BERLIN (Reuters) - Germany’s Turkish community plans to bring criminal charges against a senior member of the far-right Alternative for Germany (AfD) for calling Turks “camel drivers” who should return to their “mud huts and polygamy”.
Andre Poggenburg, AfD head in the state of Saxony Anhalt who was reprimanded by his party last year for using neo-Nazi slogans, made the comments on Ash Wednesday, when German politicians traditionally hold fiery speeches.
“These camel drivers should go off to where they belong: far, far beyond the Bospurus to their mud huts and polygamy,” Poggenburg told party members, calling Turks living in Germany “camel traders” and an “unpatriotic rabble”.
The association representing Germany’s Turkish community said it would bring charges against Poggenburg for inciting hatred, with its leader Gokay Sofuoglu noting that the constitution prohibits incitement, defamation and discrimination.
German President Frank-Walter Steinmeier also accused Poggenburg of stirring hatred.
“What I see are politicians, who make a strategy out of excessive language, and their recklessness and hatred,” he said in a speech on Thursday. “I only hope that citizens of this country do not allowed themselves to be carried along.”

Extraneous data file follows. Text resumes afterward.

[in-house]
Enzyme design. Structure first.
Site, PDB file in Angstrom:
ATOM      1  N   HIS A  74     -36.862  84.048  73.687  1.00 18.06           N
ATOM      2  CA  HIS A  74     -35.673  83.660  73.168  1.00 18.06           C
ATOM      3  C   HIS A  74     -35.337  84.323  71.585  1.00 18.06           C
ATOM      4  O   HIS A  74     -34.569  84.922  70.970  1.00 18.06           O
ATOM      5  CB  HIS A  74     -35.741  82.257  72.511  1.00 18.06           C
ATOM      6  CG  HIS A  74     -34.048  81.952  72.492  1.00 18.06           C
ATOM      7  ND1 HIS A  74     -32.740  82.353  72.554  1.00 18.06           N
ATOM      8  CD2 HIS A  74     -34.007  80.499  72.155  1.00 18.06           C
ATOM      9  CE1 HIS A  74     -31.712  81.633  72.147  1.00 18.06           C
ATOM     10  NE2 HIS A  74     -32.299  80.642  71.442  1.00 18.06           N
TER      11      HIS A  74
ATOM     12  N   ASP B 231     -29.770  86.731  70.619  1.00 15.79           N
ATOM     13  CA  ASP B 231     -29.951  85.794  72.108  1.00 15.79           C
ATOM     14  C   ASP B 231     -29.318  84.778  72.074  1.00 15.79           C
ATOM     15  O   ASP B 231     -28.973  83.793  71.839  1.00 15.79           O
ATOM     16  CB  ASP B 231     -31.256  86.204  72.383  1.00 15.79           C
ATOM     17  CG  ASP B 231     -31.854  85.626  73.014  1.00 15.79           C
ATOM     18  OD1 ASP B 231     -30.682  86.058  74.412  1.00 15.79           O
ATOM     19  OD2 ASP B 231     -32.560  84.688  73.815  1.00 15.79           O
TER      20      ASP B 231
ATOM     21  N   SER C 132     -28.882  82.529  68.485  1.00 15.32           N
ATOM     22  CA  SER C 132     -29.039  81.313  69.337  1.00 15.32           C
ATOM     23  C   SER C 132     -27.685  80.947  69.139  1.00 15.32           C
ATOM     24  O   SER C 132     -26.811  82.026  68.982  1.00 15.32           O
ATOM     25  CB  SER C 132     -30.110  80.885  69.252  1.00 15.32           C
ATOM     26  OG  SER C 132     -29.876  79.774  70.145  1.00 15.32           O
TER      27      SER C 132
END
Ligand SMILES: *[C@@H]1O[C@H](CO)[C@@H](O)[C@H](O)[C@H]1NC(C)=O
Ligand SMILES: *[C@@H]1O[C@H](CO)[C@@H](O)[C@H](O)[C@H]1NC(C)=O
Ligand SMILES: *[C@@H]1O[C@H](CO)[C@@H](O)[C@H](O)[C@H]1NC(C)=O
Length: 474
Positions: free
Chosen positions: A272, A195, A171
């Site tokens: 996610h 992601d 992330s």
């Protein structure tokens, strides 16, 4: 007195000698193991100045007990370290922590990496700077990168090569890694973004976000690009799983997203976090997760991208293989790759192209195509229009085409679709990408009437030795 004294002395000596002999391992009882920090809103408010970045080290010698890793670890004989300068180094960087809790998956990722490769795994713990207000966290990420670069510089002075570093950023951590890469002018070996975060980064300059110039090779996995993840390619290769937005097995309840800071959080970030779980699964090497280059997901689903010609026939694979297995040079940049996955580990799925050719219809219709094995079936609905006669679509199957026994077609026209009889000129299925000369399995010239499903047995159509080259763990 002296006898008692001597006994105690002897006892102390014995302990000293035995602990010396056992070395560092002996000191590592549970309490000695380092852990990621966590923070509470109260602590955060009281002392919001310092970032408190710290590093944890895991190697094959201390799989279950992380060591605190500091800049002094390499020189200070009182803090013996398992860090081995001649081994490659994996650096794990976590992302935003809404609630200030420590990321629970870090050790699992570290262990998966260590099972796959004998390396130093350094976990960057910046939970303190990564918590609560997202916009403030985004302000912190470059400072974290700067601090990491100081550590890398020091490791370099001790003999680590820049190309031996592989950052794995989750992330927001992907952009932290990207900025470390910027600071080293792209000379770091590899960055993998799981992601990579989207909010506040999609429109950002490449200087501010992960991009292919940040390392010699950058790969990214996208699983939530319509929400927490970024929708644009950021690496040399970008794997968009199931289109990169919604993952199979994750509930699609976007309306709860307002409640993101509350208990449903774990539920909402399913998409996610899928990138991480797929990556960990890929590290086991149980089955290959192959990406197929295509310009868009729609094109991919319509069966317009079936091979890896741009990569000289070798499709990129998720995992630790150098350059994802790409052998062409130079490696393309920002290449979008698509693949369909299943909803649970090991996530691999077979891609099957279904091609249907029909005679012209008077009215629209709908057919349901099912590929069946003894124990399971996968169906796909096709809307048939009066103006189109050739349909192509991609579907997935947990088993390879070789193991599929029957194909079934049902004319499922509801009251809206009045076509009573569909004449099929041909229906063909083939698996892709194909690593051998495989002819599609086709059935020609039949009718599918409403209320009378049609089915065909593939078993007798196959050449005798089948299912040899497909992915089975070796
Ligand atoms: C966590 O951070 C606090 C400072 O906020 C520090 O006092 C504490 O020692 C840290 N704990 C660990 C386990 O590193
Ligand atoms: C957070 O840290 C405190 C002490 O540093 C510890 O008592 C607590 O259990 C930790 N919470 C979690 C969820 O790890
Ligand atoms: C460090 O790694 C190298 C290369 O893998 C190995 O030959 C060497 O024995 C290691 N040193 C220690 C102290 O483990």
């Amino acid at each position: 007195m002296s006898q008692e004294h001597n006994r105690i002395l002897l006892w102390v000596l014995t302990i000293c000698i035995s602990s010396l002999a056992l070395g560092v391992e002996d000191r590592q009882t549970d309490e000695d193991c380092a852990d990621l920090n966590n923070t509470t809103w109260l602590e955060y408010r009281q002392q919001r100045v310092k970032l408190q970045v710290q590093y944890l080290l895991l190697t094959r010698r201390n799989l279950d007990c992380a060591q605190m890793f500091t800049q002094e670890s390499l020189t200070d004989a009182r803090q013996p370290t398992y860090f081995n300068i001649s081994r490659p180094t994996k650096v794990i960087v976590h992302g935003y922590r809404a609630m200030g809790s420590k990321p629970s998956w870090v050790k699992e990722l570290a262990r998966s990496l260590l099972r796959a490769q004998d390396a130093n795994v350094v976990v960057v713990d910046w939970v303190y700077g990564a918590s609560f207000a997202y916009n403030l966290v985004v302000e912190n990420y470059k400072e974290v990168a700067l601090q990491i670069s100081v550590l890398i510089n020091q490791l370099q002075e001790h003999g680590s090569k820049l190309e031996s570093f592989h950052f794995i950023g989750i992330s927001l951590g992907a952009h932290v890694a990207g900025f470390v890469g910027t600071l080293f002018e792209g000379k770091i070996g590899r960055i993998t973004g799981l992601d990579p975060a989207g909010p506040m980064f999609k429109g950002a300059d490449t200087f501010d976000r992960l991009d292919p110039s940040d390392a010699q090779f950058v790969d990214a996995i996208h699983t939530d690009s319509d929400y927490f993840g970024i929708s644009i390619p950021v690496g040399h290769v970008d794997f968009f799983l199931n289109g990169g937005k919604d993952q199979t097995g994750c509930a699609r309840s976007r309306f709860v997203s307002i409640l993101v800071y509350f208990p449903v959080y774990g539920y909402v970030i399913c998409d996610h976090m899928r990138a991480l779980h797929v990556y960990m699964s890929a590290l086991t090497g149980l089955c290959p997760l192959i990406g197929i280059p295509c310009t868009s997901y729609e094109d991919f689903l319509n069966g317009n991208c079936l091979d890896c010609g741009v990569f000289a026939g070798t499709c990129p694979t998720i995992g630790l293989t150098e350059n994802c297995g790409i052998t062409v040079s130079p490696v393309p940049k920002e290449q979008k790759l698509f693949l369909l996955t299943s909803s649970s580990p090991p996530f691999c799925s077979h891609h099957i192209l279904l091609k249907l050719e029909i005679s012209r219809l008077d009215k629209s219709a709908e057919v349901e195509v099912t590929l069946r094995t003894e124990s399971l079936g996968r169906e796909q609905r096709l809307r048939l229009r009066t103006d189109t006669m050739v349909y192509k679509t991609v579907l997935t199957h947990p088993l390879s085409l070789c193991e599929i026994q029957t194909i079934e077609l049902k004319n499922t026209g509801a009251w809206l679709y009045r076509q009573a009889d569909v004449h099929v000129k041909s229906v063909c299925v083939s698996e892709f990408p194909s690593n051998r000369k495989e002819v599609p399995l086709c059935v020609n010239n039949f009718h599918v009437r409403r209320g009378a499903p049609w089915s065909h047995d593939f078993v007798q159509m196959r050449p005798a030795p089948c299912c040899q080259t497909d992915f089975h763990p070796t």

Poggenburg defended his comments, saying they were in line with the centuries-old Ash Wednesday tradition, which marks the end of carnival season, saying he had not meant to insult other nationalities, and warning against political correctness that could limit freedom of opinion.
His comments were a response to the Turkish community’s criticism of a plan to set up a “Heimat” or homeland ministry as part of a coalition deal between Chancellor Angela Merkel’s conservatives and the Social Democrats (SPD).
Poggenburg referred to the 1915 massacre of Armenians by Ottoman forces, saying: “And they want to tell us something about history and homeland.”
Last year, Poggenburg shocked many Germans by sending messages in a WhatsApp group of AfD members saying “Germany for the Germans”, a slogan often used by the ultra-rightist National Democratic Party (NPD).
Reporting by Emma Thomasson; Editing by Robin Pomeroy